¡Viva la Libertad ! 

All you need is love!

Stand with Ukraine!’


O, Karamzin! O, my state of Denmark! O, my dear Ukraїna! 

[Read in Ukrainian here].


Not all military branches are equal

20 October

Yesterday, some of the lads from air defence who’d just shot down a missile came by, and I saw their joyous little mugs (ok, faces). After they sat and waited, and waited, and waited some more—bam, they blatted that little cunt out of the sky and saved someone’s life.

And here I think: what should someone who’s just saved dozens of lives feel like? The AD lads obviously have to treat their work like work, but there’s obviously another side to it: a conscious understanding of their mission, of their usefulness. Maybe, even, of their life’s greatest undertaking.

Let’s compare them to the infantry, shall we: with its close-quarters-battle that tends to be not that close-quarters; rifles; grenade launchers; where you maybe get a fucking BMP in and shred some enemy fortifications; where lads cut about doing tank stalks with NLAWs, call in a little artillery strike and blast a square full of enemy manpower. Basically, the aim’s clear—to kill as many orcs as possible, advance, hold, repel enemy attack, and build up your positions. In a way you’re also saving someone’s life but from this sort of hazy perspective, so the chain of events may take place in different ways. For this is just a battle, war in the here and now, and what comes next isn’t often clear. And if you fuck up the operation, you can always get your artillery or even your air corps in to support you.

But if you don’t shoot down that missile, death and destruction are guaranteed to follow. Your mortars can’t cover you. Your artillery can’t help.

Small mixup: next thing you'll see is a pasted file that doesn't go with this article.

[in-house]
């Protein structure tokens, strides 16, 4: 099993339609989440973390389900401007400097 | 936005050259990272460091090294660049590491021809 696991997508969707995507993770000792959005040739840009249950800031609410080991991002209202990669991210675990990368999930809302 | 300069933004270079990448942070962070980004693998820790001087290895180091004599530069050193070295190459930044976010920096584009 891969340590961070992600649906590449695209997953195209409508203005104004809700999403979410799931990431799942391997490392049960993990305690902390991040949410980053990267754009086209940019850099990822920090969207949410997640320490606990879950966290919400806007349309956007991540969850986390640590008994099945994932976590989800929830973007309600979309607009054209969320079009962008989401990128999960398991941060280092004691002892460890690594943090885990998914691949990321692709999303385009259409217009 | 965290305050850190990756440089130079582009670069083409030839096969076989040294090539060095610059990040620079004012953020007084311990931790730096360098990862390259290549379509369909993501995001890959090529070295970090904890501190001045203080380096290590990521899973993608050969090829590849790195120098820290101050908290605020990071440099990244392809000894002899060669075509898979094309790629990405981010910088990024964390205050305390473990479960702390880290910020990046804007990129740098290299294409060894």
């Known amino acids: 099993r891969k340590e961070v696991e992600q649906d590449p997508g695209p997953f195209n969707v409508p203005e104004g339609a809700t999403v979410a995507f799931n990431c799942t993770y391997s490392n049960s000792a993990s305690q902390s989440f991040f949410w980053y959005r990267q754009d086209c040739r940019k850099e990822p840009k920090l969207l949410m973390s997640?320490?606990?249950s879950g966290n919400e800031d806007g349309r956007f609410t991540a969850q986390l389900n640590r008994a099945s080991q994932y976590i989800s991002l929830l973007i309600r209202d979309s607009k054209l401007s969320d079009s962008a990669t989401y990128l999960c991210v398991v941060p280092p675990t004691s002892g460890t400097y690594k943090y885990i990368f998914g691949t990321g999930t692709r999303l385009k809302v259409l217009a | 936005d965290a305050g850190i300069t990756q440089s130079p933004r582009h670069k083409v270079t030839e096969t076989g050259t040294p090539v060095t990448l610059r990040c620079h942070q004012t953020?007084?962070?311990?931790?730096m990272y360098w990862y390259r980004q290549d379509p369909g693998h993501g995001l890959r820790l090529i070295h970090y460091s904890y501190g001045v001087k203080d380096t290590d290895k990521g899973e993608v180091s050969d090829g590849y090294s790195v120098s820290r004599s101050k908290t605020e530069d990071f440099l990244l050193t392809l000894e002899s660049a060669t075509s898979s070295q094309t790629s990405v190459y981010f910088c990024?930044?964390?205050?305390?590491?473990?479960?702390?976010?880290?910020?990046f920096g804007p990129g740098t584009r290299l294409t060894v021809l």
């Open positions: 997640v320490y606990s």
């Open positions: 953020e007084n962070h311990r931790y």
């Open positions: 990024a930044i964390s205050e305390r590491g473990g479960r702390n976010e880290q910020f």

And then these satisfied faces (I just want to call them mugs) arrive and we know they’ve shot something down. It’s like the day gains more colour, as does your mood. The surrounding nature is more hospitable, and even food tastes better.

From the other side your work seems insignificant and boring in comparison. You spend a sober evening staring into the windy blackness, holding your body armour up with your hands because your back can barely hold out any longer, and you think about the baklava you bought that day and about your Chinese cabbage, avocado and gorgonzola salad. Or you think about how you are unequivocally saving someone’s life, even if the result isn’t obvious. Or maybe you’ve already saved someone’s life, only you don’t know it yet. And you comfort yourself with this self-deception, happy as Larry.

You also think about how your face is no longer a face, but a mug, and that to make it a face again you’ll have to shave.

But the trimmer is still at the post office. I must get it sometime.

Oh, I will.

[Read in Ukrainian here].



10 March

These days I often think back to Ilya Ehrenburg and his anti-German pamphlet, ‘Kill!’ Despite its declamatory rhetoric and sturdy propagandist stem, this text resonates with current sentiment among most Ukrainians. Once upon a time I couldn’t even imagine what must be happening inside someone’s soul for them to write such a thing: ‘KILL THE GERMAN! Kill!’

Well… now we know what it is to truly hate.

But true hate is a terrifying thing, if you think about it. To hate enough to ‘KILL!’ To kill without pity, without depersonalising the ‘target’ (as happens only in wars of aggression, not liberation), to say clearly and tangibly, ‘Kill! Fucking kill him, otherwise he’ll kill you’. Despite the stupor, the despair, exhaustion, and pain—one must kill. This cry is so terrifying and strong, that one (or I) could never talk about this, mention or pronounce it on any leftie panel discussion.

‘What did you feel like when you killed someone? Let’s try working through your traumas through the prism of cultural initiatives and thereon enter a broad path of dialogue and reconciliation. How does a fee of four hundred euros sound to you?’

This ‘Kill!’ is about survival, something animal, ferocious; something stripped bare. It’s about how things shouldn’t be so, but for some reason they are. It’s about something that should have been left in the past, something that we love reading about in our comfy beds. Or that we used to love reading about.

But sure, that fee of four hundred euros suits me just fine.

[Read in Ukrainian here].


Image: Mikhail Volkov, Bucha, Kyiv oblast. Unsplash.